Noel Murray @ Sundance 2012: Day 5
- Day Eight wraps up an exceptionally good Sundance with a late-breaking entry to round out the Top Five list
- Documentaries on Pussy Riot, FAME Studios and Sound City highlight an all-music Day Seven at Sundance
- Day Six at Sundance tackles the Beltway Sniper killings and a second go-around for Michael Cera and Sebastían Silva
- Day Five at Sundance is all about the perplexing, overwhelming, heart-stoppingly beautiful Upstream Color
- Before Midnight, a Terrence Malick homage and Lake Bell's directorial debut top a great Day Four at Sundance
Under African Skies
Director/Time: Joe Berlinger, 108 min.
Headline: Paul Simon goes back to Graceland
Indie type: Behind the music
Report: One of the best and most unexpected gifts my dad ever bought me was a cassette copy of Paul Simon’s Graceland for my 16th birthday, in 1986. I hadn’t asked for it, but my father heard something on the radio about the album and thought I’d like it, and as it turned out, he was right. It fact, that ended up being the story of Graceland for many people. Paul Simon was in a career lull before Graceland came out (though I’m a big fan of Hearts And Bones, the album that preceded it), and then from out of the blue arrived this buoyant, inspired collaboration between Simon and a collection of South African musicians that much of the rest of the world had never heard before. The album sold millions, won awards, helped kick off the “world music” craze, and introduced songs like “You Can Call Me Al” and “Diamonds On The Soles Of Her Shoes” that became pop radio standards.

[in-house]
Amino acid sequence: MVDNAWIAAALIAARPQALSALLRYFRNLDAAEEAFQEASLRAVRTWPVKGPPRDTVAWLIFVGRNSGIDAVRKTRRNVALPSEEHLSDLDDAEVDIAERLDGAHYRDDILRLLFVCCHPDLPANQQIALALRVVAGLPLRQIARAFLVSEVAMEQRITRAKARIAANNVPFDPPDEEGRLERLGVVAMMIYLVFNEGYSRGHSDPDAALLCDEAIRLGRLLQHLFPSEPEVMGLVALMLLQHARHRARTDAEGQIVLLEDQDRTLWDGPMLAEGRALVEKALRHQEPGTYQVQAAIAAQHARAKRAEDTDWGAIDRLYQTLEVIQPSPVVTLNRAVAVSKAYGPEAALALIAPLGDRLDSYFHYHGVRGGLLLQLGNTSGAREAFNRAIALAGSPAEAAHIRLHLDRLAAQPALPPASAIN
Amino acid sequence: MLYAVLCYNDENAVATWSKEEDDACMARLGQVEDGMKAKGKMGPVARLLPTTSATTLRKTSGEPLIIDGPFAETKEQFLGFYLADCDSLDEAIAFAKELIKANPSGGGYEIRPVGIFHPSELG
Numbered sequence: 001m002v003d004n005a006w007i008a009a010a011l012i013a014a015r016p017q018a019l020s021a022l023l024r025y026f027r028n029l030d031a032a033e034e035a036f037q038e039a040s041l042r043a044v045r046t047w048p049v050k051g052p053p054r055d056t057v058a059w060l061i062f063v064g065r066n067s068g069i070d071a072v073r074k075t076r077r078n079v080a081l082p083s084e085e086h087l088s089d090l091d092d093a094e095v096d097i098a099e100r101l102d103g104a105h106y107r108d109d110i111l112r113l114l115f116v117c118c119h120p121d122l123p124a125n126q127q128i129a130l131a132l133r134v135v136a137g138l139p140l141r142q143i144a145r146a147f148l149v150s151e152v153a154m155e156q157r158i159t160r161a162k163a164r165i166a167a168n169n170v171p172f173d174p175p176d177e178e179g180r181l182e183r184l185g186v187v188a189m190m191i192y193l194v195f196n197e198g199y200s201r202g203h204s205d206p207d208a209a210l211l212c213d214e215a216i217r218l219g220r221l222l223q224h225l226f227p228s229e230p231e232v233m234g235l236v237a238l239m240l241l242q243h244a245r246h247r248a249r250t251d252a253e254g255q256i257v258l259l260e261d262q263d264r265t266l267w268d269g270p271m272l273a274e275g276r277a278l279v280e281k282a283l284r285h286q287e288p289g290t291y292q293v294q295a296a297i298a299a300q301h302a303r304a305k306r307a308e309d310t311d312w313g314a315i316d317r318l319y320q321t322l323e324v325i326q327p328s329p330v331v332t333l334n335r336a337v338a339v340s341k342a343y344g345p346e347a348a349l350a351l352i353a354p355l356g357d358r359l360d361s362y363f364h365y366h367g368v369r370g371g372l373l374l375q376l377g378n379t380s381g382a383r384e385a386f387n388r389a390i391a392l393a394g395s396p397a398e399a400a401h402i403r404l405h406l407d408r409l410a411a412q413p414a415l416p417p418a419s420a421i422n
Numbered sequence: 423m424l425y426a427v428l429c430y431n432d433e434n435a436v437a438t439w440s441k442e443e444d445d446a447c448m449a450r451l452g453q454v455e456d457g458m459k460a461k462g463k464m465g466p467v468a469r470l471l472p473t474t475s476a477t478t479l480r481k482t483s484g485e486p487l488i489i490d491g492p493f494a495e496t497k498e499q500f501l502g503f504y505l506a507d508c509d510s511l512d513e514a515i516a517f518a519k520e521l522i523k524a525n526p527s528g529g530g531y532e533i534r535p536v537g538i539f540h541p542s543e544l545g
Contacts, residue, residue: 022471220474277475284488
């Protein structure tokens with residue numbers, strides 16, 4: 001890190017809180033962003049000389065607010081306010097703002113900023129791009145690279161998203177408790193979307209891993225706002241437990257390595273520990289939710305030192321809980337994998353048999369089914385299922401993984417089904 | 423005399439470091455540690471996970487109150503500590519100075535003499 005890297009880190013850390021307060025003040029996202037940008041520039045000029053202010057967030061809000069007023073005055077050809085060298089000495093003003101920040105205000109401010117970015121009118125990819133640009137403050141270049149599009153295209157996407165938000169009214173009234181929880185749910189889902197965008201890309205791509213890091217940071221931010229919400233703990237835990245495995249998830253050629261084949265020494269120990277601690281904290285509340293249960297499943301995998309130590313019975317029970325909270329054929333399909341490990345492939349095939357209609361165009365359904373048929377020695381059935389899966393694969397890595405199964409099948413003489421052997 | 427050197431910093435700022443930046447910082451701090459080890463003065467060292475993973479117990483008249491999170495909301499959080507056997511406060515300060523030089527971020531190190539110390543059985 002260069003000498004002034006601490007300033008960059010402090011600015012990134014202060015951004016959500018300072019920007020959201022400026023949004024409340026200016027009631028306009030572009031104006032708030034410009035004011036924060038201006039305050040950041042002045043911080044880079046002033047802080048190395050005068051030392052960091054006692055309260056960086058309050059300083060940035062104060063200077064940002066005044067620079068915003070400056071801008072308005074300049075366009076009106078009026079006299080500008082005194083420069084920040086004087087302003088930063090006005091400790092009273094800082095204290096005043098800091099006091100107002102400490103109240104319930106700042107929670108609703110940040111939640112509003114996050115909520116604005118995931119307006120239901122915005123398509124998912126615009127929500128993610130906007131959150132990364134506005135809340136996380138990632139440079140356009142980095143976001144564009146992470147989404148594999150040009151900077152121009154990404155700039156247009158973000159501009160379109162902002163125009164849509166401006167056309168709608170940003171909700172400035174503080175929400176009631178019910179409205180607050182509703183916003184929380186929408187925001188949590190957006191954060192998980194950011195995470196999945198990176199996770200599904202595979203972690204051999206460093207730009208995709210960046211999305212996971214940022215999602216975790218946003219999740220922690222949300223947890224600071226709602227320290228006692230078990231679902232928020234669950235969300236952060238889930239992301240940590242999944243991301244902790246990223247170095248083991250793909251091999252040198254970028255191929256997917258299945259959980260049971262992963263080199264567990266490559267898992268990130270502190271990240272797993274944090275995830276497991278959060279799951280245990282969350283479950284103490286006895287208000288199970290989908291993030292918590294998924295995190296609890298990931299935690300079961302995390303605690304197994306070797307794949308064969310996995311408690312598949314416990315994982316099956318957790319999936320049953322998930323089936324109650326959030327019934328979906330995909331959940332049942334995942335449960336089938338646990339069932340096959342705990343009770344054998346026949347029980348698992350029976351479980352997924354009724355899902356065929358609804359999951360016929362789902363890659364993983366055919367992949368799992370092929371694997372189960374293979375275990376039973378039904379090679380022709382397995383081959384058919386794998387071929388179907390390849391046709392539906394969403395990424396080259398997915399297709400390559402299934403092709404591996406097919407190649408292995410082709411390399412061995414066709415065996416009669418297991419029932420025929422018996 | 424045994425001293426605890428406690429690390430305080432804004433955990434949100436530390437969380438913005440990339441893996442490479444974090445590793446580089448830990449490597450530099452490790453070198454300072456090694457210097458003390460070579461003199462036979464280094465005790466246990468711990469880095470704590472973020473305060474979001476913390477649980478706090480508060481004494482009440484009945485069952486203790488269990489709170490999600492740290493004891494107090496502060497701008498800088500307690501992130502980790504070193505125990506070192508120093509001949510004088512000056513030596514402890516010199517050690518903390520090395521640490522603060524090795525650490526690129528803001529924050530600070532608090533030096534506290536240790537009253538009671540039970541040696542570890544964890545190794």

Graceland also touched off more than a little controversy: about whether Simon’s arrogant violation of the UN cultural boycott of South Africa hurt the anti-apartheid cause, and about whether Simon had swooped in and stolen the sound—and even the songs—of some poor, unknown musicians. I was a little disappointed that Joe Berlinger’s documentary Under African Skies didn’t delve deeper into the second half of that criticism; in particular, there’s a conspicuous absence of Los Lobos, who have accused Simon of taking full credit for their work on the song “The Myth Of Fingerprints.” But to Berlinger’s (and Simon’s) credit, Under African Skies doesn’t completely avoid the topic of appropriation. And the film is remarkably even-handed when it comes to the subject of apartheid and the cultural boycott, letting the people who protested Simon have their say, and getting the perspective of the musicians he worked with, too. The music of Graceland is as stirring as always, whether heard via video footage from the original sessions or via rehearsals for a recent reunion concert in Johannesburg. But what’s most exciting about Under African Skies is how it engages with whether artists have social and political responsibilities, and if so, what those might entail. Though Berlinger takes the criticism of Simon seriously, the film ultimately comes down strongly on the side of the artist to move and work freely, and thus retain the capacity to surprise.
Director/Time: Katie Aselton, 83 min.
Cast: Kate Bosworth, Lake Bell, Katie Aselton
Headline: I’ve invited you all out here so we can repair our relationsh… Oh shit, run!
Indie type: Elemental actioner